Gilbert Shelton attended university in Austin, TX, where he became editor of the student magazine, The Texas Ranger. This was to prove Shelton’s last “real job.” For in 1967, after contributing to various underground comix with his earliest character, Wonder Wart-Hog, and designing posters for rock concerts, Shelton created the Fabulous Furry Freak Brothers. In 1969 he and some friends from Texas moved to San Francisco to set up Rip Off Press from which Freak Brothers strips were soon syndicated, borrowed (or stolen!) by a host of American underground newspapers and magazines. Shelton currently lives in Paris, France, with his wife and three cats.
Editor: Gilbert Shelton • Introduction: Paul Buhle • Foreword: Jay Kinney
Publisher: PM Press
Page count: 64
Subjects: Art-Comics / History-U.S., 1960s
“Underground comix,” an artistic expression of rambunctious rebellion in the Vietnam War era, were exploding in 1969 when Radical America, a journal affiliated with Students for a Democratic Society, published a memorable comic art edition. Its principal artist and editor, Gilbert Shelton, whose Fabulous Furry Freak Brothers would be enjoyed in many editions across the world, brought to the project his Texas pals Frank Stack and Jack Jackson. Also on hand, among others, were Chicago comics innovators Jay Lynch and Skip Williamson. Together, these and other contributors issued a veritable artistic manifesto: a new vernacular art had arrived!
A half century after its original appearance, Radical America Komiks retains its rebellious spirit and its rollicking humor. Dopey but also militantly antimilitarist, the comics in this reprinted volume speak to the ideas, sentiments, and artistic experiments of a generation.
Longtime underground artist Jay Kinney, coeditor of the satirical series Young Lust and Anarchy Comics, adds a foreword, and Radical America editor Paul Buhle offers an extensive introduction to the saga of comic art, radical and otherwise.
“Radical America Komiks was the funniest issue of that whole series of New Left magazines because it included the best cartoonists in the underground. Gilbert Shelton, master humorist, creator of the Furry Freak Brothers, edited the extra-thick comic book as one of the earliest projects at his fledgling company Rip Off Press. Nothing like funnies to liven up political discussions.”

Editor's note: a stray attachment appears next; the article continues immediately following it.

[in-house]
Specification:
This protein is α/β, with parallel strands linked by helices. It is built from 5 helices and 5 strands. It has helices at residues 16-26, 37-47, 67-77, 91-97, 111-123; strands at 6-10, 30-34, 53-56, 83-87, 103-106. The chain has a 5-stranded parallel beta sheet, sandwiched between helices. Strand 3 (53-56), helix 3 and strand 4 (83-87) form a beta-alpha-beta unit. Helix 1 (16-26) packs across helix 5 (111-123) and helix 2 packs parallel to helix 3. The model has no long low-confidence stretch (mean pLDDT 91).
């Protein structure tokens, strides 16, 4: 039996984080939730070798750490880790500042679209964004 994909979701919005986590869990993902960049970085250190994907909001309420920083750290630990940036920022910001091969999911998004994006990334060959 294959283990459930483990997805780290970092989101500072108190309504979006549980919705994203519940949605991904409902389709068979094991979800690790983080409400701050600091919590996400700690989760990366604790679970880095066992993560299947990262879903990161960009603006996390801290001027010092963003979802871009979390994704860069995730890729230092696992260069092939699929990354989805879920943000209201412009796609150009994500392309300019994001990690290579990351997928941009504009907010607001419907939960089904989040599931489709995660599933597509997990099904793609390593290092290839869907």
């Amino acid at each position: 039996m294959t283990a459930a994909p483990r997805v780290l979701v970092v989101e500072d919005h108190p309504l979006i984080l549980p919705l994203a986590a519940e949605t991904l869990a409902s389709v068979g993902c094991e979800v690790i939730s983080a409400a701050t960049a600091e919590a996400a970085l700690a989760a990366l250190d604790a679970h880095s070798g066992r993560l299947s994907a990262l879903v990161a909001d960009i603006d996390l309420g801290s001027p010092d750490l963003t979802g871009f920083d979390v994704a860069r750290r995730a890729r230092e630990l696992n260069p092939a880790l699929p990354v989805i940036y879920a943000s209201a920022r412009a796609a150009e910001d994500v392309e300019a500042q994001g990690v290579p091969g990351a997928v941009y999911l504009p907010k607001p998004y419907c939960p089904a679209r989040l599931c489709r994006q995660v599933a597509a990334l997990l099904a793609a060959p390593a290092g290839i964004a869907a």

—Patrick Rosenkranz, author of Rebel Visions: The Underground Comix Revolution
“Radical America Komiks is a treasury of Austin’s radical artists from the 1960s and ’70s, especially Gilbert Shelton, truly a global figure of comix innovation.”
—Thorne Dreyer, founding editor of The Rag
“Radical America Komiks not only provides an unparalleled sense of how leftist politics and avant-garde narrative art intersected at the end of the sixties, it anticipates many of the innovations and tropes we associate with the alternative comics movement of the 1980s and 1990s.”
—Kent Worcester, coeditor of Arguing Comics: Literary Masters on a Popular Medium
“There is a certain irony that Radical America Komiks is likely to be one of the best-remembered parts of Students for a Democratic Society (SDS). That the visual and the satirical turn out to have a longer shelf life than the polemical would perplex, and more, the members of SDS who encountered the wonderful comix drawn and assembled by Gilbert Shelton. Viva comics, no matter how it is spelled!”
—James Danky, Underground Classics Illustrated
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Komiks from the Underground: the Radicalism of Gilbert Shelton
By Louis Proyect
January 25th, 2019
By a happy coincidence, I received a review copy of “Radical America Komiks” from PM Press on the very day my review of Allen Young’s autobiography appeared on CounterPunch. Allen Young worked for Liberation News Service (LNS), a radical version of the Associated Press that forwarded articles to SDS chapters around the country, while Radical America was an official SDS publication launched by Paul Buhle meant to raise awareness on the left about the long history of anti-capitalist resistance in the USA. Unlike the old left, LNS and Radical America absorbed the counter-culture of the period. The one-off publication of Radical America Komiks in 1969 was arguably the most fully developed expression of this cross-fertilization and as such we are grateful to PM Press for publishing a replica of the ground-breaking comic book.